Lübeck law

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"Bardewik Codex" of Lübeck Law, written in 1294, Jurjewetz, Kunsthist. Museum I-OKM-2010 [1]

The Lübeck law (German: Lübisches (Stadt)Recht) was the family of codified municipal law developed at Lübeck, which became a free imperial city in 1226 and is located in present day Schleswig-Holstein. It was the second most prevalent form of municipal law in medieval and early modern Germany next to the Magdeburg Law.

Lübeck Law provided for municipal self-government and self-administration yet did not negate dependance upon a lord, be it a bishop, duke, king or, in Lübeck's case, an emperor. Instead, it allowed the cities a certain degree of autonomy and self-reliance in legislative, judicial and executive matters. While these authorities were vested in the city council (Rat), the members of which could be elected by co-option, the Lübeck Law represents a significant modernization of governance in that a class of burghers, as opposed to nobles, were responsible for the day to day affairs of governing.[2]

The Lübeck Law is not analogous to Hanseatic law. Hanseatic cities adopted either Lübeck or Madgeburg law.[3]

History[edit]

Lübeck set about spreading its form of government to other cities around the Baltic Sea. Eventually about 100 adopted a government based on the law. It still serves as a foundation for German town laws in many of those cities. Later in the 13th century, cities predominantly governed by the Lübeck Law formed into a powerful trade association, the Hanseatic League, which amounted to a quasi-confederacy with headquarters at Lübeck. However, by the 15th century, major kontore and smaller trading posts of the Hanse, which was then at the high point of its influence, spread throughout northern Central Europe and the British Isles, from London to Veliky Novgorod and from Trondheim to Frankfurt, dominating trade far beyond German-speaking regions and also far beyond the cities where Lübeck law was in force.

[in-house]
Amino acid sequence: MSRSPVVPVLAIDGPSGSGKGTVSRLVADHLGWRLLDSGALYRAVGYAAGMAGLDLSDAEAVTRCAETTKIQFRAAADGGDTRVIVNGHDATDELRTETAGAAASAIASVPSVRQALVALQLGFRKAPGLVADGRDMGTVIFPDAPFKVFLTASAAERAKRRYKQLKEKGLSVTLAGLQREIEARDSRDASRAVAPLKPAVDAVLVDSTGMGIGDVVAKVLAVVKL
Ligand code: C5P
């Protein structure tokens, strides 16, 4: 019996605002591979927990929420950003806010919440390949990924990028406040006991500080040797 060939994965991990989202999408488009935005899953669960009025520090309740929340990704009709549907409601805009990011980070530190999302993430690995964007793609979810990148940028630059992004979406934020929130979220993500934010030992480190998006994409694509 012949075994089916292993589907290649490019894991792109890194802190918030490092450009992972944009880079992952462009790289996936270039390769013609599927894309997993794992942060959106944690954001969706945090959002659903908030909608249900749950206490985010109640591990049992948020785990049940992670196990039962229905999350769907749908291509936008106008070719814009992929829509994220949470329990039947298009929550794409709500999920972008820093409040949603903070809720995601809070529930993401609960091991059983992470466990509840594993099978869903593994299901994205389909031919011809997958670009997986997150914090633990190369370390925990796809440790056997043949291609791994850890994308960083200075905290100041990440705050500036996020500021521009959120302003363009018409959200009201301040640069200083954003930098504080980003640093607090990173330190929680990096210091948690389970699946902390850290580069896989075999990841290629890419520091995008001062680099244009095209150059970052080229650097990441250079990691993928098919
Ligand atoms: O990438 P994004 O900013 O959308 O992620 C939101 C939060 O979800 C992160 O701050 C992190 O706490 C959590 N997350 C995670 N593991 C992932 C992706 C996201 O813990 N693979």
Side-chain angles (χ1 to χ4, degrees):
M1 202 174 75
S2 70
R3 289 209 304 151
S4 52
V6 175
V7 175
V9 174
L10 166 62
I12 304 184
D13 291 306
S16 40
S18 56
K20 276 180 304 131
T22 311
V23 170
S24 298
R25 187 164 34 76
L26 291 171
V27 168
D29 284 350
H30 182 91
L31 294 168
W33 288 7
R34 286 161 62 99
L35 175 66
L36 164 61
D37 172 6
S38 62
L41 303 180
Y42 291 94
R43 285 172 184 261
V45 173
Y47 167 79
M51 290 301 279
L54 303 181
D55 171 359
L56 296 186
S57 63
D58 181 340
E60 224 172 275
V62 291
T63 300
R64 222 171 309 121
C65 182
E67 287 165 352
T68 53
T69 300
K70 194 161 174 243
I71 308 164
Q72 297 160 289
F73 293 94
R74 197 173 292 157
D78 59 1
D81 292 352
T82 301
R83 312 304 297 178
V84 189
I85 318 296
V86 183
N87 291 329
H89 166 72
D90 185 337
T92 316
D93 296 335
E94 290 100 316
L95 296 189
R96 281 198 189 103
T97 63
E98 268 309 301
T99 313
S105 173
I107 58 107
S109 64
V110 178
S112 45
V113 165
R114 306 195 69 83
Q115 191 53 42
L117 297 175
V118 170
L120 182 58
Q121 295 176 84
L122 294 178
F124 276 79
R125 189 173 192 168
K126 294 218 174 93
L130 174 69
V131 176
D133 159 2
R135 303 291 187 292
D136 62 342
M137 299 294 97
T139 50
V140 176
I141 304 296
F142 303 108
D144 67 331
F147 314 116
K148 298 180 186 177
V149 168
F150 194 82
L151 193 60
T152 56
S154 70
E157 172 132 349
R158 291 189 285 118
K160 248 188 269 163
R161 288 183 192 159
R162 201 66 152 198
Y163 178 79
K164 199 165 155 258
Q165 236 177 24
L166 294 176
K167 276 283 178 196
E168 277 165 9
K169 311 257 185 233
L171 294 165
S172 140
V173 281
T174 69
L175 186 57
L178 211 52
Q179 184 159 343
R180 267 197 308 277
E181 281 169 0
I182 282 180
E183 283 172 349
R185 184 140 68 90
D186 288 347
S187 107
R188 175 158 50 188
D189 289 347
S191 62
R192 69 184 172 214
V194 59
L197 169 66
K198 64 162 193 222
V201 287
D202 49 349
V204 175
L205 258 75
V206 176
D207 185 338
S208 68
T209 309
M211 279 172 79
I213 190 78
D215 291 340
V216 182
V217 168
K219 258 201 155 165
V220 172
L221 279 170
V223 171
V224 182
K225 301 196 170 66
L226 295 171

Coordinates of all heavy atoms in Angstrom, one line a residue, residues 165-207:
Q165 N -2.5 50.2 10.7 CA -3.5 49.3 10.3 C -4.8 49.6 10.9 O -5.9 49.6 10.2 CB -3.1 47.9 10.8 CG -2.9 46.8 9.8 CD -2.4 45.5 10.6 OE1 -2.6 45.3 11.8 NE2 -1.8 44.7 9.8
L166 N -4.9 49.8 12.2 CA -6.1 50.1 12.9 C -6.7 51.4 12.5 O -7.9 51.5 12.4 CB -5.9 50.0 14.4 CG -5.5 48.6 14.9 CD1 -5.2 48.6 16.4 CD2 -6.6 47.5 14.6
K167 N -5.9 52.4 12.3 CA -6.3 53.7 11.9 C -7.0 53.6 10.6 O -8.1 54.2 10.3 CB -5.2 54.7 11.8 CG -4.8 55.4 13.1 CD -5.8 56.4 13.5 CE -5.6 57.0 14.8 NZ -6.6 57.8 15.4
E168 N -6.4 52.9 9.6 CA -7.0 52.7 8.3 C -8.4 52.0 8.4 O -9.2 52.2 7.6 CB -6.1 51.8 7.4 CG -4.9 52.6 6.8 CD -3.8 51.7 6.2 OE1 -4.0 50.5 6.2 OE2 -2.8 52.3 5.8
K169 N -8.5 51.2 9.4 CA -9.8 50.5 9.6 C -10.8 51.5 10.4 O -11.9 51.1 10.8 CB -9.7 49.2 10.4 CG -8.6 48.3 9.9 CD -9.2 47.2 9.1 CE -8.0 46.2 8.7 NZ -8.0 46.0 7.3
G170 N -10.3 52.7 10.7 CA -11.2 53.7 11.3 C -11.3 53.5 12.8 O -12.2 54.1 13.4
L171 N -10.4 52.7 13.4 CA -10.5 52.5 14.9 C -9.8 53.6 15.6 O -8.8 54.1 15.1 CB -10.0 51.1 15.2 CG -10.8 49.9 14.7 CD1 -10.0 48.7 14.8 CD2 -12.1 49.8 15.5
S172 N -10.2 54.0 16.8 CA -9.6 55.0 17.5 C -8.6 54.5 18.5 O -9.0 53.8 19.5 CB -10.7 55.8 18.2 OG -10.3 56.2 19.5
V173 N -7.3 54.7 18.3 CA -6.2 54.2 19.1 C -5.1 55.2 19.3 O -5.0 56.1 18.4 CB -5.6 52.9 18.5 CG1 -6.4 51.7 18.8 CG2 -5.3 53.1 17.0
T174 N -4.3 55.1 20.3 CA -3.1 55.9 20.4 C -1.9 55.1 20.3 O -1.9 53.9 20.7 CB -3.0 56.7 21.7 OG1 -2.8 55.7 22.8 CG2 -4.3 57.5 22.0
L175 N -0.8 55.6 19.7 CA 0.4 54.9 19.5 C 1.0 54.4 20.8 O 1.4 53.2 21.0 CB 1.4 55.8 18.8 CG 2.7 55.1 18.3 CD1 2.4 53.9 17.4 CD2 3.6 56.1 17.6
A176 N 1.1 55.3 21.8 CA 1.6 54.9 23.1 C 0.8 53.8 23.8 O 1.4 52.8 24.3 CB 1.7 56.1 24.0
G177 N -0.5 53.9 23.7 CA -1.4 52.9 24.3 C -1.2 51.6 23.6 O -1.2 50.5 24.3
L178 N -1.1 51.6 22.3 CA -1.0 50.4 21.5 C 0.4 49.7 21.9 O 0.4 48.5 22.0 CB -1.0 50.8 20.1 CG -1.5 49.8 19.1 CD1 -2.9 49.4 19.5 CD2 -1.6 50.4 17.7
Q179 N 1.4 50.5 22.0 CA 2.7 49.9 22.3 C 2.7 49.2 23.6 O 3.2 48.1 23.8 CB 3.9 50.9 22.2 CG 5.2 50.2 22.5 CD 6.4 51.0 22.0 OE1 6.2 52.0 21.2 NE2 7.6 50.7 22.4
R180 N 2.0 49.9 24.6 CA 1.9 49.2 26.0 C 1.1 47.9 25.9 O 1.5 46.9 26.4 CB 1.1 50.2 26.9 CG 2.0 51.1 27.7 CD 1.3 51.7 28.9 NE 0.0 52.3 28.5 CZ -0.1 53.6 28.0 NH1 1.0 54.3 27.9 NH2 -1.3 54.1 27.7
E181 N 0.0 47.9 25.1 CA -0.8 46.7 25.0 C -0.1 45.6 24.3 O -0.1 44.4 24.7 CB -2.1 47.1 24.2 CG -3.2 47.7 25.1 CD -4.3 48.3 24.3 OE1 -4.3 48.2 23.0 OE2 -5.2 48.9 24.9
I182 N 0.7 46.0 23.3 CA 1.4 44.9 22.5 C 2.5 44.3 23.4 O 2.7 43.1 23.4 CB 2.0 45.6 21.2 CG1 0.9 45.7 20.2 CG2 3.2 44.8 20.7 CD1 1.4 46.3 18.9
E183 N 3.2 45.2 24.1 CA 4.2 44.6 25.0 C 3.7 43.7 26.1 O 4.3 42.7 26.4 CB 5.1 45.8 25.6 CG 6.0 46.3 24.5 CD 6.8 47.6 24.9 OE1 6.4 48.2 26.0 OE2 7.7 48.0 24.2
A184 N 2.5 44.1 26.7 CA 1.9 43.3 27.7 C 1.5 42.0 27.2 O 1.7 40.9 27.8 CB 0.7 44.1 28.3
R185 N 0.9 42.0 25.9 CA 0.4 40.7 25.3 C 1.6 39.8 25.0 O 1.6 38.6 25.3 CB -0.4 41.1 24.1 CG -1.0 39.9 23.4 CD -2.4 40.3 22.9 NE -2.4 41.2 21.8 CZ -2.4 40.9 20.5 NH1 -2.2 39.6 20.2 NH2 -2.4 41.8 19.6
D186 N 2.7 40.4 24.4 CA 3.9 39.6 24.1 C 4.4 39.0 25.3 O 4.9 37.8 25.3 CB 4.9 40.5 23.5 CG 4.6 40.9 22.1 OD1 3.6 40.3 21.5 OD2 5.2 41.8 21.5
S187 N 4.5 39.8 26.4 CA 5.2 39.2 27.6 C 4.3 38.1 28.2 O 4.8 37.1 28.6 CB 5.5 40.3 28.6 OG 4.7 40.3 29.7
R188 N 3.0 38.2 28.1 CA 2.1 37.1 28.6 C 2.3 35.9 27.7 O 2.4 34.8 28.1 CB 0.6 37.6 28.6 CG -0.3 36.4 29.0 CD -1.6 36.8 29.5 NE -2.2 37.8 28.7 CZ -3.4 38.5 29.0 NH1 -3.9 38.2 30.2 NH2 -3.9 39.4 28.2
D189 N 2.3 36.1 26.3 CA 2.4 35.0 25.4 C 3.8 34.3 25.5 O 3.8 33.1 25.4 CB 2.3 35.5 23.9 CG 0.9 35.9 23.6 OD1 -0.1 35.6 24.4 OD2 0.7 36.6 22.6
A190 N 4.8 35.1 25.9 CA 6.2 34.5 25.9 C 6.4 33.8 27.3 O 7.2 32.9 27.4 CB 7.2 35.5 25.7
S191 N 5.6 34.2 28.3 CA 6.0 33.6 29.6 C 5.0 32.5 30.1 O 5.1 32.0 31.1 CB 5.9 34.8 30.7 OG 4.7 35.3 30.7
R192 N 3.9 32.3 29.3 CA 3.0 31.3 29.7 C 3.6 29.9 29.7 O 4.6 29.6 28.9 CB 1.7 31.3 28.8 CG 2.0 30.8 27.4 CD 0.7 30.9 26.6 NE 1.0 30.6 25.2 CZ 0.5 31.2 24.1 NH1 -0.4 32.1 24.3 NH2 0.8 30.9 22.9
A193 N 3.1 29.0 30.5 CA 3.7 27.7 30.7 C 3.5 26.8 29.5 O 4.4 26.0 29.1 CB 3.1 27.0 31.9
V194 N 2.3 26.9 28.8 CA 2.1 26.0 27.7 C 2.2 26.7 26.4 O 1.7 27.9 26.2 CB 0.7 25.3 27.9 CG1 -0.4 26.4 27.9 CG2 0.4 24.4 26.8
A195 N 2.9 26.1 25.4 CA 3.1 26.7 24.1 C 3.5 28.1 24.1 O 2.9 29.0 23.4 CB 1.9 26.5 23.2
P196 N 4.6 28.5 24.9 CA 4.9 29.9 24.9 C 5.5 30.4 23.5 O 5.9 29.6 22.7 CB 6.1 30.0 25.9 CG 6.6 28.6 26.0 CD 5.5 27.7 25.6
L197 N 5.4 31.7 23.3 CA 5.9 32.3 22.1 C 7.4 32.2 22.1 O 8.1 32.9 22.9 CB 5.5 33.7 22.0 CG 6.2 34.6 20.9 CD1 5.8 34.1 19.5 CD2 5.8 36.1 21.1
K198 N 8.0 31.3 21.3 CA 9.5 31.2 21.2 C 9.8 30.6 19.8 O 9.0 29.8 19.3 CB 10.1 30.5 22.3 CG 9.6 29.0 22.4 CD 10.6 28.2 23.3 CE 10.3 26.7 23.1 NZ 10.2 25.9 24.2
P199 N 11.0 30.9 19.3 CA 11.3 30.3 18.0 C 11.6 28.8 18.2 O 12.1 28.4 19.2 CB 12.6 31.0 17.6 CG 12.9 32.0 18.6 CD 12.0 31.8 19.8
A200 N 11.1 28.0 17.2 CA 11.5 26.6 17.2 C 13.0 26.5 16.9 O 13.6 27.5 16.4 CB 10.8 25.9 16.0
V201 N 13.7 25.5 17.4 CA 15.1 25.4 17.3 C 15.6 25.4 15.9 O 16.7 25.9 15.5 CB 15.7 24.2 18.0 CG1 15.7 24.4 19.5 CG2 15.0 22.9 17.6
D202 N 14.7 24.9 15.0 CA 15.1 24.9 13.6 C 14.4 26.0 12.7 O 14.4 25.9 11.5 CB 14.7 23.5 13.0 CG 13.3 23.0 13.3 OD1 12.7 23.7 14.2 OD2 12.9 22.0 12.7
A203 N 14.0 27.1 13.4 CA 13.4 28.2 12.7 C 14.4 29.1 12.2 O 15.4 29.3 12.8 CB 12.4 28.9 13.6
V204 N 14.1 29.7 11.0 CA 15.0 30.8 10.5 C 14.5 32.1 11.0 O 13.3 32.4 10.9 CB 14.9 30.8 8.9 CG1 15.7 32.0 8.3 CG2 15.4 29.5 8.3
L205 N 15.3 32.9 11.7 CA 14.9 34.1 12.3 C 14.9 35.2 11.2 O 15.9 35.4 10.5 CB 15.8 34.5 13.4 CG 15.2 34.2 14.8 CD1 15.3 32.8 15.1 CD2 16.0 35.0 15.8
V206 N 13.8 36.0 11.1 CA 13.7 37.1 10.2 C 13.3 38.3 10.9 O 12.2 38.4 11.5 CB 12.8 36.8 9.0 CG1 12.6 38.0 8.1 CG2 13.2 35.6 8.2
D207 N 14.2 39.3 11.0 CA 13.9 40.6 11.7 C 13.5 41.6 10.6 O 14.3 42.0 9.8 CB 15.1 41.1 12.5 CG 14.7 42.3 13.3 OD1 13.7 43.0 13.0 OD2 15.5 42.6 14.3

The earliest Latin manuscript transmitting the Lubeck law dates to 1226, the oldest Middle Low German manuscript to 1270. The earliest reference to a Lübeck law manuscript is attributed to 1188. The Lübeck law is influenced by the merchants from Westphalia who settled Lübeck as well as by the Holstein land law and the Schleswig Law.[4]

Lübeck law was prevalent throughout cities in Northern and Northeastern Germany (Niederdeutschland) until 1900, when the modern German civil code (Bürgerliches Gesetzbuch) was implemented.

Main principle[edit]

The Lübeck law provided that a city should be governed by a Rat (Council), having 20 Ratsherrn (council members).[a] They were not elected by the citizens, but they would appoint a new member on their own from the city's merchant guilds. This was considered a key to representation of the guilds in the Rat of the city. The period of office was in principle 2 years, but the Rat could ask a Ratsherr to stay in office, which usually happened, so that the election was effectively for life.

The Rat elected up to four Bürgermeister (burgomaster, mayor) from its members, who shared the power of government. The "first burgomaster", usually the eldest of them, acted as a primus inter pares. These rules were in force up to the middle of the 19th century. The burgomasters stayed in office as long as they could. There are several examples from the Middle Ages in which burgomasters of Hanseatic League cities were sentenced to death for unsuccessful politics.

This model of a city government provided that only the most experienced, influential and personally most successful merchants - and a few lawyers, called Syndics - became members of the Rat. It was also a rule that a father and his son, or brothers, could never be members of the Rat at the same time, so that influential families could not get too large a share of influence on the city's politics.

Cities with Lübeck law[edit]

See also[edit]

Notes[edit]

  1. ^ "Ratsherr" literally meant: "council lord", with "Herr" meaning "lord" in those days. "Herrn" or "Herren" is the plural of "Herr". A similar institution in those days were the "Domherrn" or "Domherren", literally: "cathedral lords", who governed the cathedral and its affairs in a town that had a bishop's see.

Citations[edit]

  1. ^ "Lübisches Recht, Jurjewetz". Handschriftencensus. Albrecht von Bardewik. 1294. Retrieved 21 August 2020.
  2. ^ Isenmann, Eberhard (2003). "Ratsliteratur und städtische Ratsordnungen des späten Mittelalters und der frühen Neuzeit". In Monnet, Claude (ed.). Stadt und Recht im Mittelalter. Vandenhoeck & Ruprecht. pp. 217–228. ISBN 3-525-35170-4.
  3. ^ Cordes, Albrecht (2004). "Lübisches Recht". In Cordes, Albrecht (ed.). Handwörterbuch zur deutschen Rechtsgeschichte Band III. Erich Schmidt Verlag. pp. 1072–1079. ISBN 978-3-503-00015-9.
  4. ^ Buchhester, Dörthe & Mario, Müller (2014) [1st pub. 2014]. "Lübisches Recht". In Achnitz, Wolfgang (ed.). Deutsches Literatur Lexikon des Mittelalters, Band 6 das wissensvermittelnde Literatur bis zum Ausgang des 14. Jahrhunderts (in German). Walter de Gruyter Verlag. pp. 508–516. ISBN 978-3-598-24996-9.

References[edit]

  • Dollinger, Phillipe. The German Hansa. Translated and Edited by D. S. Ault and S. H. Steinberg. Stanford University Press, 1970.
  • Wilhelm Ebel: Lübisches Recht. 1. Band, Lübeck 1971 ISBN 3-7950-0030-0


External links[edit]